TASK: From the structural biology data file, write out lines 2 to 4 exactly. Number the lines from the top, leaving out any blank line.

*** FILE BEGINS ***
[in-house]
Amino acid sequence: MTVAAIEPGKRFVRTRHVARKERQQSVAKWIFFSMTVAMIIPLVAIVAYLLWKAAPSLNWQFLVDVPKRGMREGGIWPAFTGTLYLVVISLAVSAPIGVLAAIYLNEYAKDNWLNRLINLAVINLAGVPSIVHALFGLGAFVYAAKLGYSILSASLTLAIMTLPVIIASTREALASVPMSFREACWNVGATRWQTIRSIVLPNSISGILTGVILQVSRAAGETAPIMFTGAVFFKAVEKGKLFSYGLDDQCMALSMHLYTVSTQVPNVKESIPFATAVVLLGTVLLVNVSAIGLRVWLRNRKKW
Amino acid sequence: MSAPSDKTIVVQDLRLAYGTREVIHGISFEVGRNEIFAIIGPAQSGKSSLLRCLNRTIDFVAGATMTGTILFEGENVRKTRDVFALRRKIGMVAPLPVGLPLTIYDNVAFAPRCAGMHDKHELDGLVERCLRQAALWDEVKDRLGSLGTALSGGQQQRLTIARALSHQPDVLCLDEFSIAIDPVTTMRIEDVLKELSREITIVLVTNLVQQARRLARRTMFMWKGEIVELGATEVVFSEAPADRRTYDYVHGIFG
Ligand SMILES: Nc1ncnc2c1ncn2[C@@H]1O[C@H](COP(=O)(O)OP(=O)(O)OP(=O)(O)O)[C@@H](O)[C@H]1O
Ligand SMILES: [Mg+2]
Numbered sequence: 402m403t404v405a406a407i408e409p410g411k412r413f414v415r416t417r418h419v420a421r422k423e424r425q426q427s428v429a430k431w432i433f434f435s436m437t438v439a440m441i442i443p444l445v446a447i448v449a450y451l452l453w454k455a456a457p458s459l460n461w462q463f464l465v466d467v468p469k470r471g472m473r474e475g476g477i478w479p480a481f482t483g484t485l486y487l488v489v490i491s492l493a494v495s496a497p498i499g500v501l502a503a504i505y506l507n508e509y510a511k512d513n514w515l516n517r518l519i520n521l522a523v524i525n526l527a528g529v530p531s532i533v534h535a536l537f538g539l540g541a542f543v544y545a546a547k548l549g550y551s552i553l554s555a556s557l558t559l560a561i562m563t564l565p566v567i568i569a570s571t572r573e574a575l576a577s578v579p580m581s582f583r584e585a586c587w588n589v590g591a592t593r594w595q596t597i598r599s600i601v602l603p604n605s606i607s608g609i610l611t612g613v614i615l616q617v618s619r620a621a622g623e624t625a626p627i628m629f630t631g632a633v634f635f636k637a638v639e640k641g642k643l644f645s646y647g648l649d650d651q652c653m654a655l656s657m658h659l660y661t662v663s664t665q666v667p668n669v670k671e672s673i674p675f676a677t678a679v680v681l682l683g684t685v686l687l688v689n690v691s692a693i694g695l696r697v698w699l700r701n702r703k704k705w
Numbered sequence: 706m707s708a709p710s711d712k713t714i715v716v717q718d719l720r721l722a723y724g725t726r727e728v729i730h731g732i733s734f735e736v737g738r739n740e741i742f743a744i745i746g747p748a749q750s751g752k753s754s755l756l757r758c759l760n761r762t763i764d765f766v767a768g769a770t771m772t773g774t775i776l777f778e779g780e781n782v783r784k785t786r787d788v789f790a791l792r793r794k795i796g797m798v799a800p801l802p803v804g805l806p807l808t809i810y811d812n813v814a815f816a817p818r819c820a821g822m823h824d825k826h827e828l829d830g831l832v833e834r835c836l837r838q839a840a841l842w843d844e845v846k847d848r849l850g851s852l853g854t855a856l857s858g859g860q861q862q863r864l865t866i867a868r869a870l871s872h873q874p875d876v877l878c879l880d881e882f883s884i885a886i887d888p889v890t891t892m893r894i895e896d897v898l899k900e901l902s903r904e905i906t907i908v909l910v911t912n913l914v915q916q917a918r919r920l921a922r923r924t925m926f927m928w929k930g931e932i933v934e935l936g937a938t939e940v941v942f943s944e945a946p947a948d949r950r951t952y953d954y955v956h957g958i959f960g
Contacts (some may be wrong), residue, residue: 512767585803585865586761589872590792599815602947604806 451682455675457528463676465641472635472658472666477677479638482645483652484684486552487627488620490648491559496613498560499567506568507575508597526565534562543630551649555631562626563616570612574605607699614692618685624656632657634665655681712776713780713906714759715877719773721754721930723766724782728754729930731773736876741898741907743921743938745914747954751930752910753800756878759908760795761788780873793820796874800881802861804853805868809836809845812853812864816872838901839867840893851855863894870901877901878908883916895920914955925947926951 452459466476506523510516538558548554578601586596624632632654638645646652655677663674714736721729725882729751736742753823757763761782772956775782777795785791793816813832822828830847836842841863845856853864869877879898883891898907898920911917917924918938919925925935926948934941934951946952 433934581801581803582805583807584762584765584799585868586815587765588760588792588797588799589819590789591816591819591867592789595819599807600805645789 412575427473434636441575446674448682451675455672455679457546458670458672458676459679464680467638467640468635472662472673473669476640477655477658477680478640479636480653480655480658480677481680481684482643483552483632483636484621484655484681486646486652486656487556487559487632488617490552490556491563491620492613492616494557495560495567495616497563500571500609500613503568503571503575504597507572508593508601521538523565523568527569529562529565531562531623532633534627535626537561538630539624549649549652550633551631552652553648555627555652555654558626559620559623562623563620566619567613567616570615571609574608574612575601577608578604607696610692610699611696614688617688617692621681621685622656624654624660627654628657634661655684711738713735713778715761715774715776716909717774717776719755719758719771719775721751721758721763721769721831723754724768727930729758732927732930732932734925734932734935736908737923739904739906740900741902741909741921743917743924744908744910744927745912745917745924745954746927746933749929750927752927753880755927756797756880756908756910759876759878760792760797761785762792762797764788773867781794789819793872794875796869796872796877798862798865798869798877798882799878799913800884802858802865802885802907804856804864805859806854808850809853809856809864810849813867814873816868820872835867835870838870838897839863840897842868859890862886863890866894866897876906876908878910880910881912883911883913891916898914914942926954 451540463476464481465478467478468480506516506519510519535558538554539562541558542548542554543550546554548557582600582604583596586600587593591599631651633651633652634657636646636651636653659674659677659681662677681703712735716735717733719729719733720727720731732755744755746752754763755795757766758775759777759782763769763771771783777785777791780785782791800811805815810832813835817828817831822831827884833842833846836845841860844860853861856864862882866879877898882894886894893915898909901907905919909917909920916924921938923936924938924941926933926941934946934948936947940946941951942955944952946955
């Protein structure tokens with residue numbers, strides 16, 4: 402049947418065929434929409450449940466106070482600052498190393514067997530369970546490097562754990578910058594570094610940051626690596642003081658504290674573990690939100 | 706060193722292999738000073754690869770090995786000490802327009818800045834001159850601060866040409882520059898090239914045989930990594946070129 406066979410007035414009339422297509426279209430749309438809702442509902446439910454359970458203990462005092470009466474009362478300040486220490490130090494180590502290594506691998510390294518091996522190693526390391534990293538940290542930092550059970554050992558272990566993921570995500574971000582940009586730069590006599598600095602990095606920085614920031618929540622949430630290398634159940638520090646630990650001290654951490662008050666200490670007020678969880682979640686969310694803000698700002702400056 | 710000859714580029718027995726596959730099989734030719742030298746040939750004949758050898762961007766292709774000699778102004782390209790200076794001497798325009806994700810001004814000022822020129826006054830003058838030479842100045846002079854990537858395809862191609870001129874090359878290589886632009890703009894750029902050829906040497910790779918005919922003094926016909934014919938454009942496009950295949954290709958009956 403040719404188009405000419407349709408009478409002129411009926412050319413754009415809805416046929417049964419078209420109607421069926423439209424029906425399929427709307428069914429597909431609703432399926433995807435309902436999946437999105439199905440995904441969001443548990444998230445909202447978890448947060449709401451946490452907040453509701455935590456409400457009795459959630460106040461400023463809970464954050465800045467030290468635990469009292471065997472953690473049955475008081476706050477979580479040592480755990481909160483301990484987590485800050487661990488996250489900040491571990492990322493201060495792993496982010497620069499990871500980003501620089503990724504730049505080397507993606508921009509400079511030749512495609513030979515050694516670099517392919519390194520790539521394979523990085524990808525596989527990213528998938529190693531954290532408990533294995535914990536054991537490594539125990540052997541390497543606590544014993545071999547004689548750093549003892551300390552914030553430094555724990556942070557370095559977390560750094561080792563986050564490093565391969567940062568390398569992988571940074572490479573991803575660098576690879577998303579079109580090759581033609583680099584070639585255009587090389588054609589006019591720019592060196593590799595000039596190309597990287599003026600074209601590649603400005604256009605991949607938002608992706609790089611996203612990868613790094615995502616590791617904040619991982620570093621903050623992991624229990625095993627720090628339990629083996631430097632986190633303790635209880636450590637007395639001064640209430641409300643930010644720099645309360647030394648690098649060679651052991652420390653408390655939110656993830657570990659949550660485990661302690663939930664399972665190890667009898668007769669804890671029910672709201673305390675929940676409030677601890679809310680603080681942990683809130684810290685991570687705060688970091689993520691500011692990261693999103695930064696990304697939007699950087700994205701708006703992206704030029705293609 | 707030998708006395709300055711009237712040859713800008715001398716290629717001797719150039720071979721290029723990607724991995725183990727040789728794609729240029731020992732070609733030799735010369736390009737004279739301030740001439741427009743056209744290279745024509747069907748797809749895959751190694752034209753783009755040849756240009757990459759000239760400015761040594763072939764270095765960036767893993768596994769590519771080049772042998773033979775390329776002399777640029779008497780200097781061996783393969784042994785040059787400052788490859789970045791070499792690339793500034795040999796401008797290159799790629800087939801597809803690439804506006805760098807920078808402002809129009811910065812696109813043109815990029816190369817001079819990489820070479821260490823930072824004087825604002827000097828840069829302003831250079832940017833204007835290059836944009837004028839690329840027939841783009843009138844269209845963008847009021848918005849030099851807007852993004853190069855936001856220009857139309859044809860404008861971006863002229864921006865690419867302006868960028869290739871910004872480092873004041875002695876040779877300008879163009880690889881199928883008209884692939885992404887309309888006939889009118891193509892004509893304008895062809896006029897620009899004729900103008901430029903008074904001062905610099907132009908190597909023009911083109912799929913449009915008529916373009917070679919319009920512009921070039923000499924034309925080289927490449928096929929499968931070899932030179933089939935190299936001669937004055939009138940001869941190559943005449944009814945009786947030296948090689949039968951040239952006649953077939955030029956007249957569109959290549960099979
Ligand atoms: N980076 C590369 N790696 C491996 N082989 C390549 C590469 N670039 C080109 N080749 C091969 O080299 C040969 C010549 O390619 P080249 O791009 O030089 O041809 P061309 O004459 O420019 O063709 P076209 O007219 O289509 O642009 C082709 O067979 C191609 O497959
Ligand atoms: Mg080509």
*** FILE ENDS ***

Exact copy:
Amino acid sequence: MTVAAIEPGKRFVRTRHVARKERQQSVAKWIFFSMTVAMIIPLVAIVAYLLWKAAPSLNWQFLVDVPKRGMREGGIWPAFTGTLYLVVISLAVSAPIGVLAAIYLNEYAKDNWLNRLINLAVINLAGVPSIVHALFGLGAFVYAAKLGYSILSASLTLAIMTLPVIIASTREALASVPMSFREACWNVGATRWQTIRSIVLPNSISGILTGVILQVSRAAGETAPIMFTGAVFFKAVEKGKLFSYGLDDQCMALSMHLYTVSTQVPNVKESIPFATAVVLLGTVLLVNVSAIGLRVWLRNRKKW
Amino acid sequence: MSAPSDKTIVVQDLRLAYGTREVIHGISFEVGRNEIFAIIGPAQSGKSSLLRCLNRTIDFVAGATMTGTILFEGENVRKTRDVFALRRKIGMVAPLPVGLPLTIYDNVAFAPRCAGMHDKHELDGLVERCLRQAALWDEVKDRLGSLGTALSGGQQQRLTIARALSHQPDVLCLDEFSIAIDPVTTMRIEDVLKELSREITIVLVTNLVQQARRLARRTMFMWKGEIVELGATEVVFSEAPADRRTYDYVHGIFG
Ligand SMILES: Nc1ncnc2c1ncn2[C@@H]1O[C@H](COP(=O)(O)OP(=O)(O)OP(=O)(O)O)[C@@H](O)[C@H]1O